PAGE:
Several pieces of evidence suggest that NK cells play a role in the resolution of infection with Chlamydia trachomatis (Ct), a gram-negative obligate intracellular bacterium. Repeated ocular infection with Chlamydia trachomatis serovars A, B and C causes trachoma, a blinding disease characterised by chronic conjunctival inflammation in childhood that develops into conjunctival scarring and blindness later in life (Hu et al. 2010). The mechanistic relationship between chronic inflammation and conjunctival scarring is not completely understood. It has been suggested that the scarring complications of trachoma occur as a result of the burden of infection and the host immune response itself (Derrick et al. 2015). The resolution of Ct infection requires an IFN-γ dependent Th1 mediated immune response (Derrick et al. 2015; Holland et al. 1996). Ct infection was shown to activate IFN-γ production by human NK cells along with activation of IFN-γ inducing cytokines (IL-18, IL-12) by epithelial and dendritic cells (Hook et al. 2004, 2005). NK cell-mediated cytotoxicity of epithelial cells has also been described (Hook et al. 2004). In vivo studies in mice have further demonstrated that NK cells are the source of early IFN-γ production in response to genital chlamydial infection (Tseng and Rank 1998). NK cells were also shown to modulate Th1/Th17 responses induced by lung dendritic cells upon Chlamydia muridarum infection (Shekhar et al. 2015). In humans living in trachoma endemic regions, NK cells have further been identified as the primary source of early IFN-γ production, a response that increases with age (Gall et al. 2011). Conjunctival gene expression studies have identified NK cell activation and cytotoxicity pathways associated with active disease (Natividad et al. 2010). Of particular note is the up-regulation of genes required for NK cell responses such as different NK cell receptors (KIRs and NCR3), perforin (PRF1) and granzyme B (GZMB). A recent study demonstrated that the odds of developing scarring trachoma increase with increasing number of genome copies of HLA-C2, which is further amplified by heterozygosity at KIR2DL2/KIR2DL3 (Roberts et al. 2014). Interestingly, in NKG2C positive NK cells there is a predominance of inhibitory KIRs that recognise HLA-C ligands (Beziat et al. 2012, 2013; Djaoud et al. 2013; Foley et al. 2012b; Horowitz et al. 2013). More recently, Hu et al. have shown evidence for NK cell infiltration in the conjunctiva of patients with scarring trachoma (Hu et al. 2016). In line with the available evidence, we hypothesised that NK cells and signalling through NK cell receptors such as KIRs and NKG2C could be important risk factors for trachoma.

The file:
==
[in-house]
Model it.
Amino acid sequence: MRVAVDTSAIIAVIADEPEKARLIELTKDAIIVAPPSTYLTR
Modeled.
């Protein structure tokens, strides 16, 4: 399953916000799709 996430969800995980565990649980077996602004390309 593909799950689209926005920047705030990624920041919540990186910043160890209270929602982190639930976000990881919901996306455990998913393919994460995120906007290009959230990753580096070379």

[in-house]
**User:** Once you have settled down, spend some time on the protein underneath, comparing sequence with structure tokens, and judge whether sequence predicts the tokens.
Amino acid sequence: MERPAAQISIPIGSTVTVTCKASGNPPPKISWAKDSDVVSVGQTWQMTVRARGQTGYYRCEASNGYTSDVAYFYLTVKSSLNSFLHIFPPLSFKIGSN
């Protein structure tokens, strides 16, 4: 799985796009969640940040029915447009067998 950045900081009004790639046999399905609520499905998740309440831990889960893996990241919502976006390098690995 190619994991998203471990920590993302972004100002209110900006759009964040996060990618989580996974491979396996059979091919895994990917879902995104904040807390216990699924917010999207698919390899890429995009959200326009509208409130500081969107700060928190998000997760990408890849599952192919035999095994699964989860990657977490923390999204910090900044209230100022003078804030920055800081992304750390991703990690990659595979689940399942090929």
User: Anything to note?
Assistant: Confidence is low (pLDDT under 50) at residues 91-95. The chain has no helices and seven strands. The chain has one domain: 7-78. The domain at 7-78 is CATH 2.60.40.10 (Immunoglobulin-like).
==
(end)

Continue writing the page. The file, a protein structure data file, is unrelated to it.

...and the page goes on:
The frequency of the KLRC2 deletion has been investigated in Mexican mestizos, Dutch, German, Spanish, Japanese and Chinese populations (Li et al. 2015; Miyashita et al. 2004; Moraru et al. 2012b; Rangel-Ramirez et al. 2014; Thomas et al. 2012). With the exception of the Mexican mestizo population for which the KLRC2 deletion allele was found at a frequency of approximately 10.3 %, the frequency of the deletion haplotype seems to be comparable among the other populations studied (17.5–21.9 %). We have previously reported that in a limited number of Gambians from a single district, the frequency of NKG2C deletion was 29.3 % (Goodier et al. 2014). The reason behind the maintenance of NKG2C deletion in different populations is currently not understood and studies looking at the frequency of NKG2C deletion in different African populations are lacking.